Unsent-The Letter Project bonds USC students over writing

Students wrote anonymous letters as an outlet to speak their personal truths.

By MELISSA GRIMALDO
person hangs a letter
Isabella Escalona, a senior majoring in narrative studies and the founder of Unsent- The Letter Project, wants to publish a book featuring collections of letters written by students who stopped by the event. Publishing a book is a dream Escalona has harbored since her childhood. (Emma Silverstein / Daily Trojan)

Booths around campus with letters clipped to their tents are part of Unsent – The Letter Project, an initiative that encourages students to pick up a piece of paper and write an anonymous letter to a person of their choosing. The letters are then displayed around the booth for other students to read and take inspiration from.

Isabella Escalona, a senior majoring in narrative studies and the founder of the project, found inspiration in her contemporary prose class last fall when reading the novel “Dear Memory” by Victoria Chang. 

“I wanted to create an opportunity for people to say things they have always wanted to say but never could and to speak the truth of how they feel without being judged,” she said. 

Escalona called upon her friends to help with her new experiment and with positive results, she has now turned it into her own passion project.

“I hope it encourages people to really tap into their vulnerability,” Escalona said. “Oftentimes, especially in college when you’re so busy with clubs and classes, you forget to check in with yourself and you don’t really allow yourself that much space to be emotional and vulnerable.”

Penny Uampornavich, a freshman majoring in psychology, participated in the project by writing an anonymous letter to someone close to her. 

“It made me realize I do have a lot of repressed feelings inside,” Uampornavich said. “But it was a really therapeutic way to write something out physically, it’s a very encouraging activity.”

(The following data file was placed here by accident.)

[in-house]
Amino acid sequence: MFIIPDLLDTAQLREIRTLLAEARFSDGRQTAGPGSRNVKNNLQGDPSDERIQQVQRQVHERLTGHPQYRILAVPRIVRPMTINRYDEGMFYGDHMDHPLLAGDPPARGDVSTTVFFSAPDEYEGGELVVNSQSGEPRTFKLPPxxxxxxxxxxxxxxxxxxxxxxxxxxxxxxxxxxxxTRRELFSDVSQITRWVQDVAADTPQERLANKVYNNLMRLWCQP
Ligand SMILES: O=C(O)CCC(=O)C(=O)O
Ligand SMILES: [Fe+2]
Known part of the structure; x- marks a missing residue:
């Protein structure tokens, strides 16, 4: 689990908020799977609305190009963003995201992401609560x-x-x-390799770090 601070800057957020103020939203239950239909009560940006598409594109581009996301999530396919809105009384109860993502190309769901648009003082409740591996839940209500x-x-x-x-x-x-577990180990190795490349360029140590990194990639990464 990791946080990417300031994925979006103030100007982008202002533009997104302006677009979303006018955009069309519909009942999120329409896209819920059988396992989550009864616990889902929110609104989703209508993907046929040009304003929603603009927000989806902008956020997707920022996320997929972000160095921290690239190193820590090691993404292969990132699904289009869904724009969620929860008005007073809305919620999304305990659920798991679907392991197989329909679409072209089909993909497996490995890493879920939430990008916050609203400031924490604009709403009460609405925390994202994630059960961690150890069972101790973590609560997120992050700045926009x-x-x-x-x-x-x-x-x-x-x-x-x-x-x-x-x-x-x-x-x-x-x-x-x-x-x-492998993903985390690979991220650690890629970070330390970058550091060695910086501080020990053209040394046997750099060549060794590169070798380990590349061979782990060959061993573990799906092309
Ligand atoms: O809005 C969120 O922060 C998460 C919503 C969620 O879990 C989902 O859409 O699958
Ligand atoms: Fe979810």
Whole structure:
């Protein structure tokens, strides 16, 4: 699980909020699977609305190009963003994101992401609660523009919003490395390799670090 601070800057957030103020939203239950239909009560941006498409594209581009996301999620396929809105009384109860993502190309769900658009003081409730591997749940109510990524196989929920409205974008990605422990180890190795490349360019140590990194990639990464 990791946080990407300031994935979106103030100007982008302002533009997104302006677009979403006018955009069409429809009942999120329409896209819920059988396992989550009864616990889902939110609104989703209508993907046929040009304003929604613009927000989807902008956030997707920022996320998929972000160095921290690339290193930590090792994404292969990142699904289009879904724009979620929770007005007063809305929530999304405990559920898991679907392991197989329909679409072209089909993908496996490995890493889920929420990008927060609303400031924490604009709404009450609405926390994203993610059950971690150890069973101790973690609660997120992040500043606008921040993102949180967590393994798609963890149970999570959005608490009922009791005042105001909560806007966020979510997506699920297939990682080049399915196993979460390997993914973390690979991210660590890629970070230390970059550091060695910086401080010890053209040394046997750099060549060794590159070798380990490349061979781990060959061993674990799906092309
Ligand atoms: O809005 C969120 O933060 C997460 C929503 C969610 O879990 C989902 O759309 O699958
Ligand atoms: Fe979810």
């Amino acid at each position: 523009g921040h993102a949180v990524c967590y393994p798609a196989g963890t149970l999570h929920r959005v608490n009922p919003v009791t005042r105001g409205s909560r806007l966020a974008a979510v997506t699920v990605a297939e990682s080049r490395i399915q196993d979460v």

two people face a tent
Lyn Wee, a freshman majoring in astronomy, said the project made her think inwards for a minute and ignore the busy world around her. “It made me separate myself from the business of college life,” Wee said. “I just sat in a corner with my clipboard and had to become introspective.” (Emma Silverstein / Daily Trojan)

Watching over her booth, Escalona said that based on feedback she received from students, participants not only grow closer with themselves during the writing process, but also to those around them who they wouldn’t expect to hold such deep truths within themselves. 

Escalona intends to publish a book, a dream she has held since her childhood, with the collection of letters from the community. The book would be separated into chapter categories based on who the letters are addressed to, Escalona said.

“I get a lot of letters to family members, exes, current lovers, friends, teachers,” she said. “I have someone who wrote a letter [titled] ‘Dear my psychiatrist,’ the variety is super great.” 

Lynn Wee, a freshman majoring in astronomy, also found interest in the project and wrote a personal letter in a private area. 

“It made me separate myself from the business of college life,” Wee said. “I just sat in a corner with my clipboard and had to become introspective for a few minutes.” 

Wee did a similar project in high school and finds the idea of meaningful connections with strangers important. A letter may not be directed to anyone, Wee said, but it has the capability of giving a passing individual advice on their life they didn’t know they needed. 

“There’s 40,000 people on this campus, give or take, and all of them have such unique stories to tell,” Wee said. “It just makes you feel so small in such a big way, but not necessarily in a bad way.” 

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